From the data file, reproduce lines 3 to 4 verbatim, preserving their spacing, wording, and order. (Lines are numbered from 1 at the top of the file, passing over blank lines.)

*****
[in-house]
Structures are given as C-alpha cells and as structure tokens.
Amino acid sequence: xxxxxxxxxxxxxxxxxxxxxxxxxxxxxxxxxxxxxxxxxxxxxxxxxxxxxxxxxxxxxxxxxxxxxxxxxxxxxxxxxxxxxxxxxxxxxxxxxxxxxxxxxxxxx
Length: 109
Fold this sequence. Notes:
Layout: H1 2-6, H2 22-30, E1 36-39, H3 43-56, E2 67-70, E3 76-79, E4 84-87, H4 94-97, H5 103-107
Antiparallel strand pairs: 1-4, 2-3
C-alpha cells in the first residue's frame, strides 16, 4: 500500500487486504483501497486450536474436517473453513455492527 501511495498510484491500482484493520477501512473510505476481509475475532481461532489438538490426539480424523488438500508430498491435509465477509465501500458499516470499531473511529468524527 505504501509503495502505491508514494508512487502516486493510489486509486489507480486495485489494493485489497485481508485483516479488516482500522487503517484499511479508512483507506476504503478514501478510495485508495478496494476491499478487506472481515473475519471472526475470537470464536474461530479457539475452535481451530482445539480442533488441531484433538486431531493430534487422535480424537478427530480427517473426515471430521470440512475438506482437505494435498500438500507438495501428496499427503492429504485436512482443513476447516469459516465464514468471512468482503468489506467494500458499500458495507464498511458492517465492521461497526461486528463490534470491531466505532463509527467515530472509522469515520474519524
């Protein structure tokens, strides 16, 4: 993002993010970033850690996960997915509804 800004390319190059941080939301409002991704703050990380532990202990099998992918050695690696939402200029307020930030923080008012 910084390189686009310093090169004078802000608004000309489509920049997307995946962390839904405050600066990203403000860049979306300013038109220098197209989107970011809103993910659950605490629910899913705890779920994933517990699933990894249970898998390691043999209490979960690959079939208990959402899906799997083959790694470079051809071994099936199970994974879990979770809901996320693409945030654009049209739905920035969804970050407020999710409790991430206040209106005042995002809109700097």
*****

Amino acid sequence: xxxxxxxxxxxxxxxxxxxxxxxxxxxxxxxxxxxxxxxxxxxxxxxxxxxxxxxxxxxxxxxxxxxxxxxxxxxxxxxxxxxxxxxxxxxxxxxxxxxxxxxxxxxxx
Length: 109